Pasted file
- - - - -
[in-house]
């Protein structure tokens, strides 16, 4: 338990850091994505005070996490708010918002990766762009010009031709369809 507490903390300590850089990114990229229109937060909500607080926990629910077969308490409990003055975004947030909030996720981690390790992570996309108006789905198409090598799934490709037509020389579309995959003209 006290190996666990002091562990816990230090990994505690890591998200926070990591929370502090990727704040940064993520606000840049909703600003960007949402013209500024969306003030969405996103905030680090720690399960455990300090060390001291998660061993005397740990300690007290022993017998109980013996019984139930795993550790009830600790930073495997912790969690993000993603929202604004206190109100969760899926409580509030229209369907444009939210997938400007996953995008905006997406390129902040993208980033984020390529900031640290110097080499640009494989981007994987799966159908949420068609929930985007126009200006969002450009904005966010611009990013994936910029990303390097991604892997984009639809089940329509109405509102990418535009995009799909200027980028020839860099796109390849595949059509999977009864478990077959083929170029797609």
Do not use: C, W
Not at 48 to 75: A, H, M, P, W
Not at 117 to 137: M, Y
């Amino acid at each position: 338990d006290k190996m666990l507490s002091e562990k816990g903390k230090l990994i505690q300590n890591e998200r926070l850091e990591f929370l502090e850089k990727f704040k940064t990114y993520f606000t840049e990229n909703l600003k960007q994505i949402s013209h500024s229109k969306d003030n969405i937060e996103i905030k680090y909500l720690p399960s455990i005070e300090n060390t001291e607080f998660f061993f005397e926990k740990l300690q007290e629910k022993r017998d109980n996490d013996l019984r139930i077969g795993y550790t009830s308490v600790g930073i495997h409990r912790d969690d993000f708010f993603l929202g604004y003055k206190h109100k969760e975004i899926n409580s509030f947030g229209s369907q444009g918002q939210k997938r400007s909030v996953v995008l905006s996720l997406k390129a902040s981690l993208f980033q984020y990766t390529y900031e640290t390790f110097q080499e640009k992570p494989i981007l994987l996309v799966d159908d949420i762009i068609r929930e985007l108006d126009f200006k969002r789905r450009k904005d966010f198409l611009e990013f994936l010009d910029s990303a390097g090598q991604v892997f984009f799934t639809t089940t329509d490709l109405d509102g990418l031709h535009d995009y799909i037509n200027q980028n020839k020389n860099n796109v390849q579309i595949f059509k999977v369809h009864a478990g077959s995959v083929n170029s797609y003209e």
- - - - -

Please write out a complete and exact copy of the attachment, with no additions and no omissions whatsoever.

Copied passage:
[in-house]
């Protein structure tokens, strides 16, 4: 338990850091994505005070996490708010918002990766762009010009031709369809 507490903390300590850089990114990229229109937060909500607080926990629910077969308490409990003055975004947030909030996720981690390790992570996309108006789905198409090598799934490709037509020389579309995959003209 006290190996666990002091562990816990230090990994505690890591998200926070990591929370502090990727704040940064993520606000840049909703600003960007949402013209500024969306003030969405996103905030680090720690399960455990300090060390001291998660061993005397740990300690007290022993017998109980013996019984139930795993550790009830600790930073495997912790969690993000993603929202604004206190109100969760899926409580509030229209369907444009939210997938400007996953995008905006997406390129902040993208980033984020390529900031640290110097080499640009494989981007994987799966159908949420068609929930985007126009200006969002450009904005966010611009990013994936910029990303390097991604892997984009639809089940329509109405509102990418535009995009799909200027980028020839860099796109390849595949059509999977009864478990077959083929170029797609």
Do not use: C, W
Not at 48 to 75: A, H, M, P, W
Not at 117 to 137: M, Y
């Amino acid at each position: 338990d006290k190996m666990l507490s002091e562990k816990g903390k230090l990994i505690q300590n890591e998200r926070l850091e990591f929370l502090e850089k990727f704040k940064t990114y993520f606000t840049e990229n909703l600003k960007q994505i949402s013209h500024s229109k969306d003030n969405i937060e996103i905030k680090y909500l720690p399960s455990i005070e300090n060390t001291e607080f998660f061993f005397e926990k740990l300690q007290e629910k022993r017998d109980n996490d013996l019984r139930i077969g795993y550790t009830s308490v600790g930073i495997h409990r912790d969690d993000f708010f993603l929202g604004y003055k206190h109100k969760e975004i899926n409580s509030f947030g229209s369907q444009g918002q939210k997938r400007s909030v996953v995008l905006s996720l997406k390129a902040s981690l993208f980033q984020y990766t390529y900031e640290t390790f110097q080499e640009k992570p494989i981007l994987l996309v799966d159908d949420i762009i068609r929930e985007l108006d126009f200006k969002r789905r450009k904005d966010f198409l611009e990013f994936l010009d910029s990303a390097g090598q991604v892997f984009f799934t639809t089940t329509d490709l109405d509102g990418l031709h535009d995009y799909i037509n200027q980028n020839k020389n860099n796109v390849q579309i595949f059509k999977v369809h009864a478990g077959s995959v083929n170029s797609y003209e």